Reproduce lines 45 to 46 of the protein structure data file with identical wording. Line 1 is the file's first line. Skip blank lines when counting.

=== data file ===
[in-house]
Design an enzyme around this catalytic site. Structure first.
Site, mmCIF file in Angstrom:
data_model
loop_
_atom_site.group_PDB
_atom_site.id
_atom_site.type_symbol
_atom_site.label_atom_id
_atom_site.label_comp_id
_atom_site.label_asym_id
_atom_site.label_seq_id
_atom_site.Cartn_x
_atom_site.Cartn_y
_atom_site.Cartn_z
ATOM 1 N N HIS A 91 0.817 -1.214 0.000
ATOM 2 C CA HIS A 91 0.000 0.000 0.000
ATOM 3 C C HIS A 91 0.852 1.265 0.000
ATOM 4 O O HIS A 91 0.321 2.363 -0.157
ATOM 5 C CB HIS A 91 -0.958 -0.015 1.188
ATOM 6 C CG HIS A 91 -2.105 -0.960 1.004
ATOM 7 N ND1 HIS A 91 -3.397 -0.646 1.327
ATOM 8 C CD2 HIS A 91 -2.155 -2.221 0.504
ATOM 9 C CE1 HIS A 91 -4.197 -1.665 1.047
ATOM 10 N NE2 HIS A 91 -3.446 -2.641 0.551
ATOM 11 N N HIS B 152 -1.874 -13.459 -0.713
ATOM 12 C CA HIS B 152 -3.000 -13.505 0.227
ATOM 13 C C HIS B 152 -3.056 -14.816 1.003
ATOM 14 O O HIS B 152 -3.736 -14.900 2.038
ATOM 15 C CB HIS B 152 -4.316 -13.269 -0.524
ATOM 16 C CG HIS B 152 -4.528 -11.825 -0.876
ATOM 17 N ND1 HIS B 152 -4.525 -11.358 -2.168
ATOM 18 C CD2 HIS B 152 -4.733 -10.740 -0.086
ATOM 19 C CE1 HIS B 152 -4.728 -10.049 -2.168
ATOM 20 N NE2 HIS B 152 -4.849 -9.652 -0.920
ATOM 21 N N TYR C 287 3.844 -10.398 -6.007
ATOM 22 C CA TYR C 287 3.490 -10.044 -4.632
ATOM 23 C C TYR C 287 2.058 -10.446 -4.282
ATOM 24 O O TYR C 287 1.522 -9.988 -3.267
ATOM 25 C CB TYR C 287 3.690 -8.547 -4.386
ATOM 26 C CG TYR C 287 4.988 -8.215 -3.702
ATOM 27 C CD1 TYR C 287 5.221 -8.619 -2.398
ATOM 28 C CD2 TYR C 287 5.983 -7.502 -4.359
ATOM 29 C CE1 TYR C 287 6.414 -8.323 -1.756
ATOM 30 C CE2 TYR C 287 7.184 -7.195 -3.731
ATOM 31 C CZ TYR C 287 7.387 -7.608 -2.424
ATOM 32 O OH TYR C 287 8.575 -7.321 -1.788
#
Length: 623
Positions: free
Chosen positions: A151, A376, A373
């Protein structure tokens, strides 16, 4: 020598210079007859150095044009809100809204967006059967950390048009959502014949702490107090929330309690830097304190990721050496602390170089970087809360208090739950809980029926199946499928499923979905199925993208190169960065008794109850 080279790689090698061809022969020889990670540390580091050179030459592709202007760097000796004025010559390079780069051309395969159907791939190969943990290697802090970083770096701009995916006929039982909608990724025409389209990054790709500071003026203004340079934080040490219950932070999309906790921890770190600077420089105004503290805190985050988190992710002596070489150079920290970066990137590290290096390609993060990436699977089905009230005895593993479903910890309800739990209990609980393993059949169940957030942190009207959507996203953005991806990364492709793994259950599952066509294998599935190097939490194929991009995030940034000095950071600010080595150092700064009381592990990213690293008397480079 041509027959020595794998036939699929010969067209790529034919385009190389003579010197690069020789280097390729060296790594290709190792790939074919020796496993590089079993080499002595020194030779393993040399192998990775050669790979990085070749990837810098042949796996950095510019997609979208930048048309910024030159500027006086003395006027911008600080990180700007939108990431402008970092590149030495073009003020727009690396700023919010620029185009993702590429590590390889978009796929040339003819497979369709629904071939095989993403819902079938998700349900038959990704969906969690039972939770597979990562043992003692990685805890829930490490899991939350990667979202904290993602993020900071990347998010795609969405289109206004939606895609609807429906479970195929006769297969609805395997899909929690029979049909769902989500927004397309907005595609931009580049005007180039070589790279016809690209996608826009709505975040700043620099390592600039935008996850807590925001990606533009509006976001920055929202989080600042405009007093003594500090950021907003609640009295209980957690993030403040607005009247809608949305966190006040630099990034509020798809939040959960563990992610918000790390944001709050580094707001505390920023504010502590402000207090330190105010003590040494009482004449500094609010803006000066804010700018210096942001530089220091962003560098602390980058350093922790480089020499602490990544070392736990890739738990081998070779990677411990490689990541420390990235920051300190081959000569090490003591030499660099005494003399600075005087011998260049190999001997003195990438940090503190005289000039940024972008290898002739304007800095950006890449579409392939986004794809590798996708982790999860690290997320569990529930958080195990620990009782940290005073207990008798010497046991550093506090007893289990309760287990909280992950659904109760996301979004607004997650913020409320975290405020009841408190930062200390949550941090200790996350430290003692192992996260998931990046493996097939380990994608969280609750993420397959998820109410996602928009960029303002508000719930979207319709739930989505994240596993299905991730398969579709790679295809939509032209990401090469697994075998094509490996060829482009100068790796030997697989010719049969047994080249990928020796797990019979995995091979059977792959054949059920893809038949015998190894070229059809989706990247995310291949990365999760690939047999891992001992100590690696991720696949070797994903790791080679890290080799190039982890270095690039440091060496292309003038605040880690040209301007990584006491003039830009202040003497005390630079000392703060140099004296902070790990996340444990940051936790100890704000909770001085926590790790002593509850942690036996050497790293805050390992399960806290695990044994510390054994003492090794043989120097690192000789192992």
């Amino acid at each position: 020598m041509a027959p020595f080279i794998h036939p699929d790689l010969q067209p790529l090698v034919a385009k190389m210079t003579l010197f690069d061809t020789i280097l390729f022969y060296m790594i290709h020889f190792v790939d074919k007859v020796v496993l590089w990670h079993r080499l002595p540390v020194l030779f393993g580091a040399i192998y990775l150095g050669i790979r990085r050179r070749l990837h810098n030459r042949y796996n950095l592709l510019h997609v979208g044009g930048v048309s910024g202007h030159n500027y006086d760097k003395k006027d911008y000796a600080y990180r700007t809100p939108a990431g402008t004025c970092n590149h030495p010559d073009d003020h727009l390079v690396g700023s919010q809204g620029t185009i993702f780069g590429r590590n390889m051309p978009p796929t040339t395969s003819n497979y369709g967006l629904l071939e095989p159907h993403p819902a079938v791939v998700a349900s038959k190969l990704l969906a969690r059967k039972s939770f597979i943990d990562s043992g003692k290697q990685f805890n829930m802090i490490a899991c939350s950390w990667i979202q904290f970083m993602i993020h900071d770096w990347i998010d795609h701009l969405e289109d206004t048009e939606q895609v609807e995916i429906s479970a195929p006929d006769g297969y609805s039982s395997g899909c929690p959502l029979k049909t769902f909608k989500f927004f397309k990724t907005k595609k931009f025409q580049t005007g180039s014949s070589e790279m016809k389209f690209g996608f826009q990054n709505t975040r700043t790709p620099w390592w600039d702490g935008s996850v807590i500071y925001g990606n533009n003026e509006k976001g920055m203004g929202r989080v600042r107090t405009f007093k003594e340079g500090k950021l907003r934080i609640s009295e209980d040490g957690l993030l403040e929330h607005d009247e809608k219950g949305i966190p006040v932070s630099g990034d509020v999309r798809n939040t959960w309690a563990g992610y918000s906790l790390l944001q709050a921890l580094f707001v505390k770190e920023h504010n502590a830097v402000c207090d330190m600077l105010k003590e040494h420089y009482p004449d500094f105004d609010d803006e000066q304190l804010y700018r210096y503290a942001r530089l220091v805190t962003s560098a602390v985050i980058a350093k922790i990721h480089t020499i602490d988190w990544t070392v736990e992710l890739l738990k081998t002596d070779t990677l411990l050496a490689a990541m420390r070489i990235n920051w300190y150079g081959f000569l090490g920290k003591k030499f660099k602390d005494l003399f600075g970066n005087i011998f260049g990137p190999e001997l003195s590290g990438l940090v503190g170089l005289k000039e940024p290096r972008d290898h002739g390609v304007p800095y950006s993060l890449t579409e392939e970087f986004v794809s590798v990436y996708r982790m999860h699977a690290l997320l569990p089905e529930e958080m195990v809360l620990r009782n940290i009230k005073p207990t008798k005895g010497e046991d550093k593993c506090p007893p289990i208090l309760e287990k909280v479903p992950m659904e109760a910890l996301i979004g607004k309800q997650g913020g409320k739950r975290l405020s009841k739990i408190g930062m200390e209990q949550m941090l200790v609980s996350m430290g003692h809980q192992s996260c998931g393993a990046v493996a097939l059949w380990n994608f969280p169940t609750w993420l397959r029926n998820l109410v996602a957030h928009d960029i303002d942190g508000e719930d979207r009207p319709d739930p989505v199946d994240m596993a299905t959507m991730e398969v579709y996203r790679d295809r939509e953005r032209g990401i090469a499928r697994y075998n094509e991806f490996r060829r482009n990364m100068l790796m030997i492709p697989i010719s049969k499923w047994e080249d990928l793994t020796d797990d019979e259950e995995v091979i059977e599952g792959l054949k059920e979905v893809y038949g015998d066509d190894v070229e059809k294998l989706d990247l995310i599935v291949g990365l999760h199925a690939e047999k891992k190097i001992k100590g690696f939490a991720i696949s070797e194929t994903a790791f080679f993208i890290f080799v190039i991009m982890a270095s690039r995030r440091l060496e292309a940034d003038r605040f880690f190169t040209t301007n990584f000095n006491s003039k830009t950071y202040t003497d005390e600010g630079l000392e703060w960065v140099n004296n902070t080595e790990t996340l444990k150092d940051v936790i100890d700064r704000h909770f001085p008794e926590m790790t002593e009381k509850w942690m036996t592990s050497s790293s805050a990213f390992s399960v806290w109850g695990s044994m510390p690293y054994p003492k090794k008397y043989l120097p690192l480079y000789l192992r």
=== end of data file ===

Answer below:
ATOM 30 C CE2 TYR C 287 7.184 -7.195 -3.731
ATOM 31 C CZ TYR C 287 7.387 -7.608 -2.424